That’s why we CAN’T say, for example, “dessus le canapé.

We’d say:
La girafe est sur le canapé. (= The giraffe is on top of the couch.)
La girafe est dessus. (= The giraffe is on top (of it.

Or, for example:
J’ai trouvé la télécommande, j’étais assise dessus !
= I found the remote control, I was sitting on it!

b) Dessous

Dessous means “under it” / “underneath” / “below”… with a “ou” sound. It’s used just like Dessus.

There’s nothing after it — no complement, no noun, nothing.

Le lapin est sur le livre, la girafe est dessous.
= The rabbit is on the book, the giraffe is underneath.

Now, what if the giraffe doesn’t touch the book, but hovers above it instead?

4. Par-dessus, en dessous, and more

That’s where we use “au-dessus”, “au-dessous” and some more variations on those words. Mom — I know you heard about them and use them randomly!

The main ones are:

a) Au-dessus

Au-dessus (= above) → It’s like “dessus”, but there’s no contact or it’s very high.

For example:
Voici une girafe. Le lapin est dessus. = Here’s a giraffe. The rabbit is on (top of) it.
Voici une girafe. Le lapin est au-dessus. = Here’s a giraffe. The rabbit is above it.

Contrary to dessus, we CAN add a complement after “au-dessus”:

au-dessus de (+ complément) = on top of (+ complement), above (something)

For example:
Le bateau est sur l’eau. = The boat is on the water.
Le bateau est au-dessus de l’eau. = The boat is above the water.
La girafe est au-dessus du bateau. = The giraffe is above the boat.

(Notice that with a masculine, “de le” becomes du. It’s a contraction.)

b) Au-dessous

The opposite of au-dessus is au-dessous / en dessous = underneath (both are synonyms)
→ When there’s no complement, you can just use dessous instead.

We also use au-dessous de (quelque chose) / en dessous de (quelque chose) = “underneath (something).”
→ With a complement, you can use sous (quelque chose) instead.

For example:
La girafe est en dessous ! = La girafe est dessous ! = The giraffe is underneath!

La girafe est en dessous du livre. = La girafe est sous le livre. = The giraffe is under the book.

But, what if the giraffe moves? Well, that’s where it gets more interesting.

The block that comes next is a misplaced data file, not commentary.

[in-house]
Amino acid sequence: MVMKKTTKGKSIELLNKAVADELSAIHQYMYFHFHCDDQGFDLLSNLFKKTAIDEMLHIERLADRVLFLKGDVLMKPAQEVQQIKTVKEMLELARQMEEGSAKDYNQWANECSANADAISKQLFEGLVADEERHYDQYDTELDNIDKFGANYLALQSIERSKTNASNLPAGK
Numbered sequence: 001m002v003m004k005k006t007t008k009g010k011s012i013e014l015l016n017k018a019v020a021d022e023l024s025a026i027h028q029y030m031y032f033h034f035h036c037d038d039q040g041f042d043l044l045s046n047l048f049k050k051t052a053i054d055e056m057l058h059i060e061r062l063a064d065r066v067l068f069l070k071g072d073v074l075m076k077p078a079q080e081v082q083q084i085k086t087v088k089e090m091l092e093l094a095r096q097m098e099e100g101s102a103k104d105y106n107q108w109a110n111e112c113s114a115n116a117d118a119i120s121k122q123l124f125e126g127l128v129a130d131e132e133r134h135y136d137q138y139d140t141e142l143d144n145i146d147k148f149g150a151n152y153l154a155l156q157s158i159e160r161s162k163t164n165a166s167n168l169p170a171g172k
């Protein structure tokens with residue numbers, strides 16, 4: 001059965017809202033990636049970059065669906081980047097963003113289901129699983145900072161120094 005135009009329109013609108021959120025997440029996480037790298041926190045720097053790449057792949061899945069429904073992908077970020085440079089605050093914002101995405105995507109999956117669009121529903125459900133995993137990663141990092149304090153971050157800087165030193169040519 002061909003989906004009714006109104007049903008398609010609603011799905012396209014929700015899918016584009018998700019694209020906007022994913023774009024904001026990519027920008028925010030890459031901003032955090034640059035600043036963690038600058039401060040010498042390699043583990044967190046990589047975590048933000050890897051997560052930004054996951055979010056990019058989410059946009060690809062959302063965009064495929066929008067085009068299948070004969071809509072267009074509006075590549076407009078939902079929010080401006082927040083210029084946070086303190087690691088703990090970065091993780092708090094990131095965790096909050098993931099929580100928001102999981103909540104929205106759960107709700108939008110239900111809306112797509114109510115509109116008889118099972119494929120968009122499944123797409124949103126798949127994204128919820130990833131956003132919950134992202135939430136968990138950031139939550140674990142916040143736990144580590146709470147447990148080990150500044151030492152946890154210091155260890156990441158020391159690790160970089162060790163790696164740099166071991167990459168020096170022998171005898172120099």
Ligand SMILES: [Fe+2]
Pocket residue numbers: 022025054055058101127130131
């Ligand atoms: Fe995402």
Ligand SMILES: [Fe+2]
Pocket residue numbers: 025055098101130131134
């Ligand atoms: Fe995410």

c) Par-dessus, par-dessous

For an action, you can use:
Par-dessus = Over (action / movement / replacement)
Par-dessous = From below (action / movement / replacement)

You can use them like dessus / dessous (without a complement) or like sur / sous (with a complement directly after.)

For example:
La girafe est passée par-dessus le bateau. = The girafe went over the ship.
La girafe est passée par-dessous. = The giraffe went underneath.

To memorize them, you must practice! When you’re sitting on your couch at home, look at objects around you and make sentences… And Mom, ask your grandson next time, Tu veux lire une histoire avec moi sur le canapé ?” (= Do you want to read a story with me, on the couch?”)

These prepositions are tricky, but they’re also very common in everyday spoken French. Just like other French difficulties such as:
Plu(s) or Plus? When should you pronounce the “s” in “plus”?
Dès que vs Depuis: How to translate “since” in French, to talk about time?

Learn about them in the lessons linked above, or in this short playlist on YouTube.

À tout de suite.
I’ll see you in the next video!

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Allez, salut 🙂

Géraldine

Join the conversation!

  • As in your video Géraldine, the “u” as in au-dessus causes great difficulty in English speakers because we have to push our mouths into a totally new configuration. Many simply say “ou” instead of “u”. It’s laziness really and usually we get away with it. However, with au-sessus and au-dessous, there is no escape if we are to be understood correctly! Pronunciation really matters. So all you Anglos out there, pout your lips as hard as you can and say “u” comme les français!

  • Great lesson Geraldine. But when you said “J’ai trouvé la télécommande, j’étais assise dessus !
    = I found the remote control, I was sitting on it,” I confused the imperfect + past participle with the plus-que-parfait. Why didn’t you use l’imparfait conjugation for asseoir instead of saying “j’étais assise?”
    Thanks,
    John C.